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Urban Movement Interview - Ryan Boren

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Ryan Boren
Coach, Urban Movement
A.D.A.P.T. (Parkour) Level 1

Q: How long have you been practicing Parkour / Art du Deplacement?
A: I have been training for two and a half years now. I have always moved in this way since I was a little kid, but never really had a “unified method” to study. Parkour has given me the chance to harness my innate abilities and bring them to a level that allows for greater creativity in my movement, which in turn, leaves me much more satisfied than when I used to just throw myself around for fun.
Q: How did you get started?
A: I had always been looking for something like this. I did floor tumbling, I skated, I did stunts… but none of it really was exactly what I was looking for. After a few years of marriage I decided to get in shape and had heard parkour would be perfect for me. So I searched “Parkour Houston” online and I found Urban Movement. I attended my first ever Parkour event, the Laurent Piemontesi workshop of 2011. I was hooked immediately.
Q: Who are your influences?
A: Just about everybody in the Parkour Community. The reason I was hooked from my first event was the absolute camaraderie emanating from the group. The fact that everyone was welcome and willing to help a newcomer with any questions blew me away. I used to skate, and people who skate tend to be very cliquey. You’re either in the circle or you aren’t. With the parkour community, I instantly felt welcomed and never felt that I was being judged or looked down on just because I had first started.
Q: How often do you train?
A: I personally don’t have a very rigorous training schedule. I should. But I don’t. On my days off from work I like to go out and “play” as I like to call it. I unfortunately don’t do many hardcore conditioning days anymore, but I should get back on it.
Q: How do you deal with the fear experienced while training?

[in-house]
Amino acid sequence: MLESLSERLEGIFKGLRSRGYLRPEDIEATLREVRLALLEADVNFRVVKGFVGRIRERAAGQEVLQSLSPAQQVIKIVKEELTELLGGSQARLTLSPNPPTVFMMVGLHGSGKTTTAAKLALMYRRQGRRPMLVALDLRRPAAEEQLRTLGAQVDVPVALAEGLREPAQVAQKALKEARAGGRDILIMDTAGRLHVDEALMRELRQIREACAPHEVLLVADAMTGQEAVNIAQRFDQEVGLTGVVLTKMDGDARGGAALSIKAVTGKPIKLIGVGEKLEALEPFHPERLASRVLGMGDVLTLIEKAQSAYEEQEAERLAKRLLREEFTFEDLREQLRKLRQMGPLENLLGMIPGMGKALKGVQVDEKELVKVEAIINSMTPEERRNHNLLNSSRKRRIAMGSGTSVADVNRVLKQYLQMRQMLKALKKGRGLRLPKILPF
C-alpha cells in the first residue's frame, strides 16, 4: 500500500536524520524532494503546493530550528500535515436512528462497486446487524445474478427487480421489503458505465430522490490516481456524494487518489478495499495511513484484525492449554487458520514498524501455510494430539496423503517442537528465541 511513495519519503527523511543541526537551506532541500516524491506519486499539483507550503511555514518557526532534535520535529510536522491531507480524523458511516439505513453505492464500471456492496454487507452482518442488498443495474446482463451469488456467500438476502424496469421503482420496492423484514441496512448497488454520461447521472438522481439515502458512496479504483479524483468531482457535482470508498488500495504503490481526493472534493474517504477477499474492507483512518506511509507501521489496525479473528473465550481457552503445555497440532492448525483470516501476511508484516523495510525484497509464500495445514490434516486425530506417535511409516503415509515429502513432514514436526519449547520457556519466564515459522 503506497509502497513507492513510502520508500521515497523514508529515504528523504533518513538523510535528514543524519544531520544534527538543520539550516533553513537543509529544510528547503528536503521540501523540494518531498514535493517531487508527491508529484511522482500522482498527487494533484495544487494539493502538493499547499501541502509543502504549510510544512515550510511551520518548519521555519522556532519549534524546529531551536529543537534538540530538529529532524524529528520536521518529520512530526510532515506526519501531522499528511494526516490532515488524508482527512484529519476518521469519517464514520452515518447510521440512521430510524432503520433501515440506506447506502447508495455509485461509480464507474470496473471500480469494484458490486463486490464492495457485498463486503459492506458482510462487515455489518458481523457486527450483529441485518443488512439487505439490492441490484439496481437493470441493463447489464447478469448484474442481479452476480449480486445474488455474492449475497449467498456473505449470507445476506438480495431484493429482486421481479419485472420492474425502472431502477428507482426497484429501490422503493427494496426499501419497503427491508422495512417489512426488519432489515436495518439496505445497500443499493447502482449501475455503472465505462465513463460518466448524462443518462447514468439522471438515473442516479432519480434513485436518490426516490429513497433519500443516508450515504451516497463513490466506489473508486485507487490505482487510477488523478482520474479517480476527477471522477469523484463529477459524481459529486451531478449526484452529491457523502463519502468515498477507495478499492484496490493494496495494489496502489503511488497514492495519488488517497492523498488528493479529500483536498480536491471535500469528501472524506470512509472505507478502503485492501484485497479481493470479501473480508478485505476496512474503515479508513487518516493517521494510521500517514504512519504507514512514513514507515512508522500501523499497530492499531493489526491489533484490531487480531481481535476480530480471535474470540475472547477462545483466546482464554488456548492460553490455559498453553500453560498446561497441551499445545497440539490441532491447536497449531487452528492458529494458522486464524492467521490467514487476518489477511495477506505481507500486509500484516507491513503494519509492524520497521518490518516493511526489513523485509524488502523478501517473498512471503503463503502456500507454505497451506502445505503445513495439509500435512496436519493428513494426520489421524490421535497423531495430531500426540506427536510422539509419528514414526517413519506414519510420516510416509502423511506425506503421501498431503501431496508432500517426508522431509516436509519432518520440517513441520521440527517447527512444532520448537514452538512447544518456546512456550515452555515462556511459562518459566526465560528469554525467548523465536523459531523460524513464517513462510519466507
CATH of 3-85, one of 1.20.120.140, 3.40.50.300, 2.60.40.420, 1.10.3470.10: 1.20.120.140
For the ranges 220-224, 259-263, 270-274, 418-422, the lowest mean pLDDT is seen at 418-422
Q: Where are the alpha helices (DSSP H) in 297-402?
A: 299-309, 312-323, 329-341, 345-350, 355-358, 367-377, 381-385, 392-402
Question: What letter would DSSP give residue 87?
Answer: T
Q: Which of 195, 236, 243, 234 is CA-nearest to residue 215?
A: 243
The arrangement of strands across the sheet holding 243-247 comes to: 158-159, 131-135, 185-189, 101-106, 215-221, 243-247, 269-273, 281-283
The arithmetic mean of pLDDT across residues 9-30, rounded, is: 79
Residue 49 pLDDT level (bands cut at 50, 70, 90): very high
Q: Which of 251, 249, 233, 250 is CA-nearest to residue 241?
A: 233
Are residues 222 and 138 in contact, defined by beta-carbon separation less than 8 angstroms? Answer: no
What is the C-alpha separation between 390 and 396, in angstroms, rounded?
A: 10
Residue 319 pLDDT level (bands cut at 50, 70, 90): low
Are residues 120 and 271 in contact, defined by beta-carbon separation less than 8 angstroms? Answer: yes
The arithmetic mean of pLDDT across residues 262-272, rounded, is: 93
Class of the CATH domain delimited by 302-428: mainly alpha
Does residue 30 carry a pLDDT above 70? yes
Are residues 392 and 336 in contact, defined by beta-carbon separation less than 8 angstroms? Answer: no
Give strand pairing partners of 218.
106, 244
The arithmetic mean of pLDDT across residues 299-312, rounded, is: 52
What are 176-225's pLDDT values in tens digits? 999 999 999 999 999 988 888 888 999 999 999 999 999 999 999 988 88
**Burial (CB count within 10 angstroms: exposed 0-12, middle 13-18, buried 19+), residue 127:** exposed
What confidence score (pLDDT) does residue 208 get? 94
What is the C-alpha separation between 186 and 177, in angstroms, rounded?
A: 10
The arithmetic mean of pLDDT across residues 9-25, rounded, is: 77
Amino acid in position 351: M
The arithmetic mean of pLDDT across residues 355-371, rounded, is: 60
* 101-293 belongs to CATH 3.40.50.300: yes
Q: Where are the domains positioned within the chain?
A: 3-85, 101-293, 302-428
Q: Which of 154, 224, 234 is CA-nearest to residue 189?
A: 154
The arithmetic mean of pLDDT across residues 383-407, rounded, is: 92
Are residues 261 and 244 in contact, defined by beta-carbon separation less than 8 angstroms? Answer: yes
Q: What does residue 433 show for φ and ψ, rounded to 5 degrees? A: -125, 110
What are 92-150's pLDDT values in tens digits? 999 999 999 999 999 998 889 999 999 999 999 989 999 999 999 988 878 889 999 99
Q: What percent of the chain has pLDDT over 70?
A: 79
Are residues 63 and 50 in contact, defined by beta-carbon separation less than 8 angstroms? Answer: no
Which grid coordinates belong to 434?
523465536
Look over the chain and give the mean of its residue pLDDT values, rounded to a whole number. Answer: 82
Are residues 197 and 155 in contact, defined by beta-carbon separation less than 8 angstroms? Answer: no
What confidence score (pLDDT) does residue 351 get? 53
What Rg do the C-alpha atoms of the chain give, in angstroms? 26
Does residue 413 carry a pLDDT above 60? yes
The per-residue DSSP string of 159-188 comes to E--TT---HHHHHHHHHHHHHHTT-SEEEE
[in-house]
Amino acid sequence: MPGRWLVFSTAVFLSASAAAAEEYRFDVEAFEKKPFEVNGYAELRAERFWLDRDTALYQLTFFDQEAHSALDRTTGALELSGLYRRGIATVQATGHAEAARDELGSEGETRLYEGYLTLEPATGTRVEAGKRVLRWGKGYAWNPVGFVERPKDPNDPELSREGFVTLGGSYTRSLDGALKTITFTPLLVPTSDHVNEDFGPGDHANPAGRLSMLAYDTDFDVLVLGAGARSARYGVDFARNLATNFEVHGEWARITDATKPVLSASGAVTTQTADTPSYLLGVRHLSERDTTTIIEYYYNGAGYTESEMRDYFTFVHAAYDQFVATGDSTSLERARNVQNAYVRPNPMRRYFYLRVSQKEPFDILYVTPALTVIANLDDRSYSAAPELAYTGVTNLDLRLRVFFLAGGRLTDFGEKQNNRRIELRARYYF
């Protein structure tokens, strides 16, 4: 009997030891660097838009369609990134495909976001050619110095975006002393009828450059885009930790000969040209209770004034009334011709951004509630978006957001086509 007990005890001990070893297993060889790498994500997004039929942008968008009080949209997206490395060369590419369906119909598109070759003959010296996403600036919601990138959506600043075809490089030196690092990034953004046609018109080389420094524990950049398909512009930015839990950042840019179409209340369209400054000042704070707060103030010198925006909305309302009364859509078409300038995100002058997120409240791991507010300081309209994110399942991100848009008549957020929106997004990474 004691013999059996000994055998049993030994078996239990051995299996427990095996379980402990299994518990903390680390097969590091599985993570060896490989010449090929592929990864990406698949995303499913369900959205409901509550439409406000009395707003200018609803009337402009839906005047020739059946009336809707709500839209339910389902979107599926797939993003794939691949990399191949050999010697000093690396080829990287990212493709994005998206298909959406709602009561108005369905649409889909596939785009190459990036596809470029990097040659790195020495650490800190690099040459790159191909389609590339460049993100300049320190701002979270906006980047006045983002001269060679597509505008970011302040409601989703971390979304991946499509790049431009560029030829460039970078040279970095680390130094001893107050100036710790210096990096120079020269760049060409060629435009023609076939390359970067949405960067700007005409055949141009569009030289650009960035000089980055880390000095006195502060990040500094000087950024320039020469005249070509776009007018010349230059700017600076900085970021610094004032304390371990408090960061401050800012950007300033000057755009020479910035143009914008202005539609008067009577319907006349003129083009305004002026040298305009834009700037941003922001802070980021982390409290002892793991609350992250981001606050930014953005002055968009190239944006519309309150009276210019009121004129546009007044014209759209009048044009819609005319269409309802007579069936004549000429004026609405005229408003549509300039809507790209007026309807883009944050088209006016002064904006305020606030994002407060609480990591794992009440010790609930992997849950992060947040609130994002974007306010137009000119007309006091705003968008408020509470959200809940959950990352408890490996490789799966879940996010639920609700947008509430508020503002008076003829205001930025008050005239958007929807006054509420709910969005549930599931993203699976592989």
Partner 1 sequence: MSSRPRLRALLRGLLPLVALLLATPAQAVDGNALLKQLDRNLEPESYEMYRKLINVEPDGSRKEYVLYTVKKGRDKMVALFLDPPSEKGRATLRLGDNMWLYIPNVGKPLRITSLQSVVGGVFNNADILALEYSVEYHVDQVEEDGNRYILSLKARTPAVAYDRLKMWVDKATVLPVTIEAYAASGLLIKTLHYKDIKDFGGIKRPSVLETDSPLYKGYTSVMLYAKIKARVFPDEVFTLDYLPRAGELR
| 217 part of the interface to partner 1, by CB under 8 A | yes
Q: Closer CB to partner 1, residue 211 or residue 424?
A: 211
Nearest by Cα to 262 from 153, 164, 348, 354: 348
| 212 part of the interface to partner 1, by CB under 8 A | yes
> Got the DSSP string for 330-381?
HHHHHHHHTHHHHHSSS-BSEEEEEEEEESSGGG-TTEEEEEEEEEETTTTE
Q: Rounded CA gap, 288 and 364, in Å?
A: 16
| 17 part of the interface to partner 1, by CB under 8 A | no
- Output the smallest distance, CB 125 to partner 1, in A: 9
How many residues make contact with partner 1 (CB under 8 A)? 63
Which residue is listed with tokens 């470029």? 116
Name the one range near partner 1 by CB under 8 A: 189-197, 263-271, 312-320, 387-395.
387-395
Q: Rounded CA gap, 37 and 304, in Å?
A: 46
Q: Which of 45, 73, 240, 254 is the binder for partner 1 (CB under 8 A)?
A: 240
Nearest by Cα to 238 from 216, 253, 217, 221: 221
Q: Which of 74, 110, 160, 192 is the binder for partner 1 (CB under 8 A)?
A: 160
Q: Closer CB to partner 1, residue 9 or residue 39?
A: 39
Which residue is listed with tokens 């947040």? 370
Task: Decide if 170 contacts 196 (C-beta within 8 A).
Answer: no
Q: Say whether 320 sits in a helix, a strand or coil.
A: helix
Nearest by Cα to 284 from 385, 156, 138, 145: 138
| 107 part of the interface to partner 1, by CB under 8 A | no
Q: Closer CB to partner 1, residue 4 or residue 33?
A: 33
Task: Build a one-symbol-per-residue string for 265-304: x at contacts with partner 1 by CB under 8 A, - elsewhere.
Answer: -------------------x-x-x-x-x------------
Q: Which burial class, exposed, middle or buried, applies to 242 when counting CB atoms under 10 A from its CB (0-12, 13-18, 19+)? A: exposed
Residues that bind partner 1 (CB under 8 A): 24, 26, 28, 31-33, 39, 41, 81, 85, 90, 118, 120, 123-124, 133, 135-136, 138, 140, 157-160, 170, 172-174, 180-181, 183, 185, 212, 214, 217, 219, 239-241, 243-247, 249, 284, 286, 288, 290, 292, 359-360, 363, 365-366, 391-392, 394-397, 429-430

A: I usually step back, eye it down, and take a deep breath. Then I go. I either make it or I don’t. It’s important to remember that when you stick to the training and take it seriously, you have all the tools to make it AND to bail it. The important part is to know you’re going to make it, but analyze the situation and have a backup plan if you need to bail.
Q: What do you do when you're not out training (or thinking about) parkour?
A: I am a Kitchen Manager and a new father. My plate is plenty full when I’m not out training. But, the ideals and practices I've learned in parkour have helped me improve in every facet of my life.
Q: What foods can you not live without?
A: Sushi. And Steak. Burgers too. I'm a food person. I love to eat anything and everything you could possibly put in front of me.
Q: What kind of shoes do you train in?
A: Right now I’m immensely enjoying a new brand I found online called Skora’s. They're kind of pricey but they are extremely comfortable, light, and flexible. I started out in the Feiyues, which are nice because they’re cheap and great for training, but with the intensity of training, I had to order a new pair every month to keep up.
Q: How do you explain parkour to people who don't know much about it?
A: I normally start with “have you seen those guys jumping around on stuff..?” Most people are satisfied with that. It’s anyone who wants more info after that that I really hit with the background, ideals and purpose. Somewhat like Cathy, I tend to talk myself in circles a lot of the time with this one.
Q: Parting words for the new practitioner?
A: TECHNIQUE! Seriously guys this is what I try to beat into every practitioners head. Everyone wants to run out and do a big jump or lache 18 times in a row, but doing it right is something completely different.

Click here to read Ryan's bio on the team page.


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